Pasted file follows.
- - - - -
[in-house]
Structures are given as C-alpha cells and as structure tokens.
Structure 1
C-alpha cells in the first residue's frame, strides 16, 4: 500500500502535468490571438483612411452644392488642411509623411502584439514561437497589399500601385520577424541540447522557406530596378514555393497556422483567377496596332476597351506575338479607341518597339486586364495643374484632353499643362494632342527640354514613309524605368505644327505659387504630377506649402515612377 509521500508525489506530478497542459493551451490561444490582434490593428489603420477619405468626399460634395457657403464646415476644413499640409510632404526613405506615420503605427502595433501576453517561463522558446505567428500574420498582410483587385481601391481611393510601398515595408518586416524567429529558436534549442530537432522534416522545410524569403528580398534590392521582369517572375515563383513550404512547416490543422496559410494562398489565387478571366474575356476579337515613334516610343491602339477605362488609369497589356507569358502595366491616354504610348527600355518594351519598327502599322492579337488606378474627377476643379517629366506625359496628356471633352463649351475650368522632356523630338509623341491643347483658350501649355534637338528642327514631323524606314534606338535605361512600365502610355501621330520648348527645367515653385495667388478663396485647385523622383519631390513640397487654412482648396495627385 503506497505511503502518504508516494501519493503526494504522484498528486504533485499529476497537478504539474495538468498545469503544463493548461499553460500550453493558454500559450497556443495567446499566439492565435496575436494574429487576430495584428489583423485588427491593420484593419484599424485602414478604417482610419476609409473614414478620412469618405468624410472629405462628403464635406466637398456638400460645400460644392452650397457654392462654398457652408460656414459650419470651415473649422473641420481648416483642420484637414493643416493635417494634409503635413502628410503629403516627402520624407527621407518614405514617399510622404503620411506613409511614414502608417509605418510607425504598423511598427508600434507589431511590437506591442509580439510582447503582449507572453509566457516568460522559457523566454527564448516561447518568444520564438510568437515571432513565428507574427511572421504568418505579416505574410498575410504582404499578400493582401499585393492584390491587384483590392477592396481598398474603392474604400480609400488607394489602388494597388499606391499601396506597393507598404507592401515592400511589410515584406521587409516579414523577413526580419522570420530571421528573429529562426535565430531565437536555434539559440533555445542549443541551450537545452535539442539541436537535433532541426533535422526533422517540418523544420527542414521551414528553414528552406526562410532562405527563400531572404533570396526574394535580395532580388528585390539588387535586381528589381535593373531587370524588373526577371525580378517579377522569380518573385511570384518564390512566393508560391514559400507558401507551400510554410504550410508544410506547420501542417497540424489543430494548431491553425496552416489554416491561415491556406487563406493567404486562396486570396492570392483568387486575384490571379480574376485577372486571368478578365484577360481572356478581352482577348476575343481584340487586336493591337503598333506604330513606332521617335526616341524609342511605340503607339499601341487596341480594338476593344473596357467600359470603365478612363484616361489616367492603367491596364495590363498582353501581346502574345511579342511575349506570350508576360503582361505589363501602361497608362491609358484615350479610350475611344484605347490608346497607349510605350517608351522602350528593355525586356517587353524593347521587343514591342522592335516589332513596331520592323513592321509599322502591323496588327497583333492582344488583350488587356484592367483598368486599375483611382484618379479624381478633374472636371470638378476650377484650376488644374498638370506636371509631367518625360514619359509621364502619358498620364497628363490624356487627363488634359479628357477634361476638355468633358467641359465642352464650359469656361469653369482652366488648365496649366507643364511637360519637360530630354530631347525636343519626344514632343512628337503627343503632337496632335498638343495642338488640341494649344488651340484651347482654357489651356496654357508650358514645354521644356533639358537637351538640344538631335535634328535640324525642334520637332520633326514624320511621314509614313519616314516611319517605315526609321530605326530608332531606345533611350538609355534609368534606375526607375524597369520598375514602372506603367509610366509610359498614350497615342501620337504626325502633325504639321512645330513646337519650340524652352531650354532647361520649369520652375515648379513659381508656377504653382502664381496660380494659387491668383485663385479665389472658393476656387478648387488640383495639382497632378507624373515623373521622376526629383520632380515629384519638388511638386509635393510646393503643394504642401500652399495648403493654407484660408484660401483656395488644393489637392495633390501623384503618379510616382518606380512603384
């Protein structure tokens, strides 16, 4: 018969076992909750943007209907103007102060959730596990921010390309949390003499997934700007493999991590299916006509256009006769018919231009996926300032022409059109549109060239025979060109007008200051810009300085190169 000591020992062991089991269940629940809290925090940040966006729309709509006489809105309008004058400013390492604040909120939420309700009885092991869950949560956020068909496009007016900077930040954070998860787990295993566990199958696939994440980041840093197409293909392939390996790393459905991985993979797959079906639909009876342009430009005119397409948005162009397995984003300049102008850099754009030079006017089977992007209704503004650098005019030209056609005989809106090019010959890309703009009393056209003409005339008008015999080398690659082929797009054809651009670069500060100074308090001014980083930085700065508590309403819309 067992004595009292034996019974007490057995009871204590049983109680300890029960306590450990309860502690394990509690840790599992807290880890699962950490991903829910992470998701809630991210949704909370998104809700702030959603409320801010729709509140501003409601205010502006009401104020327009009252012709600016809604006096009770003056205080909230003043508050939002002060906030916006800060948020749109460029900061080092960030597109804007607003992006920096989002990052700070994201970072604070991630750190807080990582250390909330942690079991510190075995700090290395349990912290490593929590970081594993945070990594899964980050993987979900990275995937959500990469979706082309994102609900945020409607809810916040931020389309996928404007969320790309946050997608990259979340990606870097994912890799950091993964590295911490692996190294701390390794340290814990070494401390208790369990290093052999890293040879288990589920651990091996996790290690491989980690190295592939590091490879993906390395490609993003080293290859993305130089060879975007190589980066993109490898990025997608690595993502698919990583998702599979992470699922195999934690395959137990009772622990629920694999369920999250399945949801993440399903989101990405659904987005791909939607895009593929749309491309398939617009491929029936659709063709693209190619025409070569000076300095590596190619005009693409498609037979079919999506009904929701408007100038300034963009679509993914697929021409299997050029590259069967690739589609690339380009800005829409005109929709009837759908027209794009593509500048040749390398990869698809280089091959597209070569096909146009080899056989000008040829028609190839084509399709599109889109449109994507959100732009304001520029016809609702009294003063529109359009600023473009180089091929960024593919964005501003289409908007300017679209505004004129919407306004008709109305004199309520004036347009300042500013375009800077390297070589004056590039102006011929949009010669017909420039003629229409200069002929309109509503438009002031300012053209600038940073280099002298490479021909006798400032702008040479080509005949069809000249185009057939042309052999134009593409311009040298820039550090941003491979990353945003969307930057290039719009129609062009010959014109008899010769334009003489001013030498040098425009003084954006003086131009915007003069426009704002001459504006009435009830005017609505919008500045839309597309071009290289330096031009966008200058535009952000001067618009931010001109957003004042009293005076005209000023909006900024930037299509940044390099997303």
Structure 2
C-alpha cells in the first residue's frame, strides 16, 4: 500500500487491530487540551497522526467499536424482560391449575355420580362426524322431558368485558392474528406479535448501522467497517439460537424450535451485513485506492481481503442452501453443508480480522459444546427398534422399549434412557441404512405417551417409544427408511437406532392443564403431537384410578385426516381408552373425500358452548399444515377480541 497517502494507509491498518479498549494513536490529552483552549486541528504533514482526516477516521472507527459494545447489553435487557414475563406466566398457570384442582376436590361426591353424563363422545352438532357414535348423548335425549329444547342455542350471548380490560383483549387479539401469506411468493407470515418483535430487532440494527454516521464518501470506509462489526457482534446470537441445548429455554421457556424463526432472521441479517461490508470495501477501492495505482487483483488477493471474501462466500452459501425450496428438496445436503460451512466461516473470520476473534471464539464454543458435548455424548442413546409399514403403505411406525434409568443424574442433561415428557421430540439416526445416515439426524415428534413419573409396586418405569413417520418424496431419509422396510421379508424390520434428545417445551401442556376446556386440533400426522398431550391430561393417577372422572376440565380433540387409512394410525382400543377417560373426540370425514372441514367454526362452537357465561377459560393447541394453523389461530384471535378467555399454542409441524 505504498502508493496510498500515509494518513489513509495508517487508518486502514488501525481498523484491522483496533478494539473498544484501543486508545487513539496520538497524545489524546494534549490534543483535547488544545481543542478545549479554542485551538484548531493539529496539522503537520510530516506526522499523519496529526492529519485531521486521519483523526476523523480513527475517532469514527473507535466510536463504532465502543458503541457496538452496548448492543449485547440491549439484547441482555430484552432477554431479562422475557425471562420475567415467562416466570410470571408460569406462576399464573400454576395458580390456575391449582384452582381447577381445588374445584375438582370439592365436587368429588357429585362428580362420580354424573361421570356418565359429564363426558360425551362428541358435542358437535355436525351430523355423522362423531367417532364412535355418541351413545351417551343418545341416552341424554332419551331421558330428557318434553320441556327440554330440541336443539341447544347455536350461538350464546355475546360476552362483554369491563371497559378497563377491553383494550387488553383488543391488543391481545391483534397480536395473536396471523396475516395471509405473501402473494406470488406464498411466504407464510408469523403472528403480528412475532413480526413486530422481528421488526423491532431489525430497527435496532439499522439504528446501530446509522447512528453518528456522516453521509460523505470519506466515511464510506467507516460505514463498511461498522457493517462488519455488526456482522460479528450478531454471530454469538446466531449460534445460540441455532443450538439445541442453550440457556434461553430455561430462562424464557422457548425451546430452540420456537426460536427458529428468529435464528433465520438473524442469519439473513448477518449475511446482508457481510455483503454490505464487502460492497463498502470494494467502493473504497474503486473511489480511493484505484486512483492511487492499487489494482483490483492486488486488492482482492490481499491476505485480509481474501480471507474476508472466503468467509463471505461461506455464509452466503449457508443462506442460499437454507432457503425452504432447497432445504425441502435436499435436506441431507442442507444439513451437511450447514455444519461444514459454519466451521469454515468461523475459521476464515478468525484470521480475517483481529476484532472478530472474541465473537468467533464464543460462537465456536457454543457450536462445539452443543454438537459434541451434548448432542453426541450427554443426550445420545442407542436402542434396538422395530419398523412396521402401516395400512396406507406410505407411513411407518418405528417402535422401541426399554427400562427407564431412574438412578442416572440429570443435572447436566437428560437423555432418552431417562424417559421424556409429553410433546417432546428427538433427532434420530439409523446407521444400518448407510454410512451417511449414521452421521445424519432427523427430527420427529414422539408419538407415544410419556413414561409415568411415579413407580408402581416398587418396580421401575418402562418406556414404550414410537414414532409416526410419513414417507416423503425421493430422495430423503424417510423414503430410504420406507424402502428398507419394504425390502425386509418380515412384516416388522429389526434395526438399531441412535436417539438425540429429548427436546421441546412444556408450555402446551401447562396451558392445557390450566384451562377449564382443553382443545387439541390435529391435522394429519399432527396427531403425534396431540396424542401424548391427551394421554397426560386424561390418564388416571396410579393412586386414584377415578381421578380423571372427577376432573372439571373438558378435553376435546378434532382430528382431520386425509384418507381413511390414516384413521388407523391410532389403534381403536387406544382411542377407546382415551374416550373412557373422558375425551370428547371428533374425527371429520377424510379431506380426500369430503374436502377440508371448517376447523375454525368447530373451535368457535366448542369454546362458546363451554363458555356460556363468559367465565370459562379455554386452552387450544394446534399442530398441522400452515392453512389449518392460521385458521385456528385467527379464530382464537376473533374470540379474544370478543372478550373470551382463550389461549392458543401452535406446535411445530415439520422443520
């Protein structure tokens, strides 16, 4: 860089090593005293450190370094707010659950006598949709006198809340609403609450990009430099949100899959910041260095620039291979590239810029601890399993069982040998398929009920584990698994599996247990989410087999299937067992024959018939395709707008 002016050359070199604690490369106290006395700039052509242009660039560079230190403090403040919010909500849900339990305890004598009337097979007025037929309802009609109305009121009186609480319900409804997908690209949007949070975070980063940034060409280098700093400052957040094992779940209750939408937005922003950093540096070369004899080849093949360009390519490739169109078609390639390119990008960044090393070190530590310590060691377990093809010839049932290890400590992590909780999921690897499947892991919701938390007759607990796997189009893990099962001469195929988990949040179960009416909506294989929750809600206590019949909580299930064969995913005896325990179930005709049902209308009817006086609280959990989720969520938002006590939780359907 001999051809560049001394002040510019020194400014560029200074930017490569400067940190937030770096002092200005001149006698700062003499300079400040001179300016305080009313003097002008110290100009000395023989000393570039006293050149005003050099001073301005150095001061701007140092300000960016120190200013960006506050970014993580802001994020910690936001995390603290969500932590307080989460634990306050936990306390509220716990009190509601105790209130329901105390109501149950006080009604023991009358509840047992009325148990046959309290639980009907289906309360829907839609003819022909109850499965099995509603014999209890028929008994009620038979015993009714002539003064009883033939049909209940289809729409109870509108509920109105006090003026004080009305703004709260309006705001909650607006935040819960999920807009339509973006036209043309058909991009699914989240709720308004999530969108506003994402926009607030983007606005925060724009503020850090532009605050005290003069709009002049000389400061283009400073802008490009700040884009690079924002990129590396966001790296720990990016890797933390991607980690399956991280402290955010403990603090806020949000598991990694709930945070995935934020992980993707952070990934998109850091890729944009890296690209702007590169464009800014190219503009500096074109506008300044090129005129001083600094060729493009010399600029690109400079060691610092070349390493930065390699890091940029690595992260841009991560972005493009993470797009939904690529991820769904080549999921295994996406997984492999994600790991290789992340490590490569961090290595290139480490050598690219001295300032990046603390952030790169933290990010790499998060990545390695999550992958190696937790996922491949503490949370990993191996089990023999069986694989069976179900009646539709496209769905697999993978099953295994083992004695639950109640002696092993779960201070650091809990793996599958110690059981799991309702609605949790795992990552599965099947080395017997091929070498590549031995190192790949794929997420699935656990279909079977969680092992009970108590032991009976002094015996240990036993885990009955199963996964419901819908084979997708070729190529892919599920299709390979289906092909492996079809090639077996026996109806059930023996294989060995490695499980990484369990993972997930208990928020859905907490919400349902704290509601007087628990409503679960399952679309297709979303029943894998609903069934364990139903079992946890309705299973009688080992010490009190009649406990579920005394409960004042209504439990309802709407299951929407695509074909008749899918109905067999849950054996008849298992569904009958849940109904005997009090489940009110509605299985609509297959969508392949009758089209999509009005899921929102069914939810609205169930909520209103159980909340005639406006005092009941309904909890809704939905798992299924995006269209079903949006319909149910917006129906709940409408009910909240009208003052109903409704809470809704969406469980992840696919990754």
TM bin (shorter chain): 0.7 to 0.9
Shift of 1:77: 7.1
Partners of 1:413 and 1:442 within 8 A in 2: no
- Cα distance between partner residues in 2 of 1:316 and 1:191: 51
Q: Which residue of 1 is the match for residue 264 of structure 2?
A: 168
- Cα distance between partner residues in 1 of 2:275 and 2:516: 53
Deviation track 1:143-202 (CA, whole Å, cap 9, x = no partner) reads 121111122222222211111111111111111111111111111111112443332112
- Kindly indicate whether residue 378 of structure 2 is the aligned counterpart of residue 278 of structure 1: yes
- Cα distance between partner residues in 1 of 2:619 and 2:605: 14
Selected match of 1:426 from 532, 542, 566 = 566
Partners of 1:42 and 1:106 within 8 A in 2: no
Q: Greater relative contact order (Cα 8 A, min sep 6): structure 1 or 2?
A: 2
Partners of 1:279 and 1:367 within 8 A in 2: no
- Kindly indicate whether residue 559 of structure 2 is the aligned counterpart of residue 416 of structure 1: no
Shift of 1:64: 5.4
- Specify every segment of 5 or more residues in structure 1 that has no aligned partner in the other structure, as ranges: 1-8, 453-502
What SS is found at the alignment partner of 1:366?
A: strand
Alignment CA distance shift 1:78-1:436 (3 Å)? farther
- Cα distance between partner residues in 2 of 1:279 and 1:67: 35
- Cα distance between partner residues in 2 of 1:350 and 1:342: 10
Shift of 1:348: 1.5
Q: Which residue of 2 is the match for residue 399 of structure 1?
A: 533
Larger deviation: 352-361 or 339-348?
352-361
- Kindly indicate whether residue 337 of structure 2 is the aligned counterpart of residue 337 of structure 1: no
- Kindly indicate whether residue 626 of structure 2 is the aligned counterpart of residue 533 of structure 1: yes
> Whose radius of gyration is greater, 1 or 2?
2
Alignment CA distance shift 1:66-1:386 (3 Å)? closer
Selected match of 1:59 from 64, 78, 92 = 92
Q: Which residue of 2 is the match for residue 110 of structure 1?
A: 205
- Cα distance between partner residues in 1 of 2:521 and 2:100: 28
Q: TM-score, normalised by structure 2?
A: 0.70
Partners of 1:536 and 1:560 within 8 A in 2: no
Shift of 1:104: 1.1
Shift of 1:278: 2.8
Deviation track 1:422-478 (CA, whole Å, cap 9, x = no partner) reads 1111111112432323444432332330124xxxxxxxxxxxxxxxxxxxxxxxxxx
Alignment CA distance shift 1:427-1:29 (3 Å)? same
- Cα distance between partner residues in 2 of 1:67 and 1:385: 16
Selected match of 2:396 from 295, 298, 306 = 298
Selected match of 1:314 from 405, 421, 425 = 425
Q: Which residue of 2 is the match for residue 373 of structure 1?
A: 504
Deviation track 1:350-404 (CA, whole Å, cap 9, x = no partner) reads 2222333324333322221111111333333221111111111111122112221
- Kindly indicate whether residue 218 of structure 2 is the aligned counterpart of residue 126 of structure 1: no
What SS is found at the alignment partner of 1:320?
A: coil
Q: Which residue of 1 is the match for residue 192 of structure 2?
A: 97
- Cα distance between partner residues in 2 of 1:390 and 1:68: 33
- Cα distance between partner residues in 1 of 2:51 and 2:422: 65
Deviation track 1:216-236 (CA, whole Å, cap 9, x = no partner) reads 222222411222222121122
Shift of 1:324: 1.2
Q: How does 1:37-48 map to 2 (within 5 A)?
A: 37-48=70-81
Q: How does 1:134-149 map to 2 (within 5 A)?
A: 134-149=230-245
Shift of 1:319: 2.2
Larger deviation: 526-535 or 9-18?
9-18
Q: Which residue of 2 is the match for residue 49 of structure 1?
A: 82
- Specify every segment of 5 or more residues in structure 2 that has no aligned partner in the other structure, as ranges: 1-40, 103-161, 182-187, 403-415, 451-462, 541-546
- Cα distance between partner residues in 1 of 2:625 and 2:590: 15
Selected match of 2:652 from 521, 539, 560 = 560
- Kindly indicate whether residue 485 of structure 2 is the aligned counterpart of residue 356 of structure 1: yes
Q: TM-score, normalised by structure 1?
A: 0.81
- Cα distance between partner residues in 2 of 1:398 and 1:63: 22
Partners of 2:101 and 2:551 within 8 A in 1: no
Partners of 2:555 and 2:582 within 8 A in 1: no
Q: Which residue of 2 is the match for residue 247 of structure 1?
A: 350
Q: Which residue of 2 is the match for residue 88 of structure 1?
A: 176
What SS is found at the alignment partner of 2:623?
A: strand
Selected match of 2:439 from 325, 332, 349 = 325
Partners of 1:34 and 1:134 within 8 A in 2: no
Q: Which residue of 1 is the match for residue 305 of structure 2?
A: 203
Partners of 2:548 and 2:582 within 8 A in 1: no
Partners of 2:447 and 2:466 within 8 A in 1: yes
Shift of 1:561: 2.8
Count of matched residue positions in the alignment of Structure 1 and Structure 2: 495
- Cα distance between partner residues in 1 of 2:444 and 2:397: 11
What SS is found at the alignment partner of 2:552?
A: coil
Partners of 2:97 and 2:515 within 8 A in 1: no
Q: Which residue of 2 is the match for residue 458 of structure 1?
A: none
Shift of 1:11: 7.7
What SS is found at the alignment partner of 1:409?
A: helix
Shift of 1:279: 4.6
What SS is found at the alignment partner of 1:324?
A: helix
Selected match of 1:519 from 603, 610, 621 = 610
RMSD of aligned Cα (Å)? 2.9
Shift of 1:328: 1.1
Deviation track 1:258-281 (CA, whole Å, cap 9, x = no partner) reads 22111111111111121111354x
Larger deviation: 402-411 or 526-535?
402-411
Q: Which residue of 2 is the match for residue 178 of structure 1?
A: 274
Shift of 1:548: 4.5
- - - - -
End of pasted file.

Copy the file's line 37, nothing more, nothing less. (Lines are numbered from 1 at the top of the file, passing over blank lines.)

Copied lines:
- Kindly indicate whether residue 337 of structure 2 is the aligned counterpart of residue 337 of structure 1: no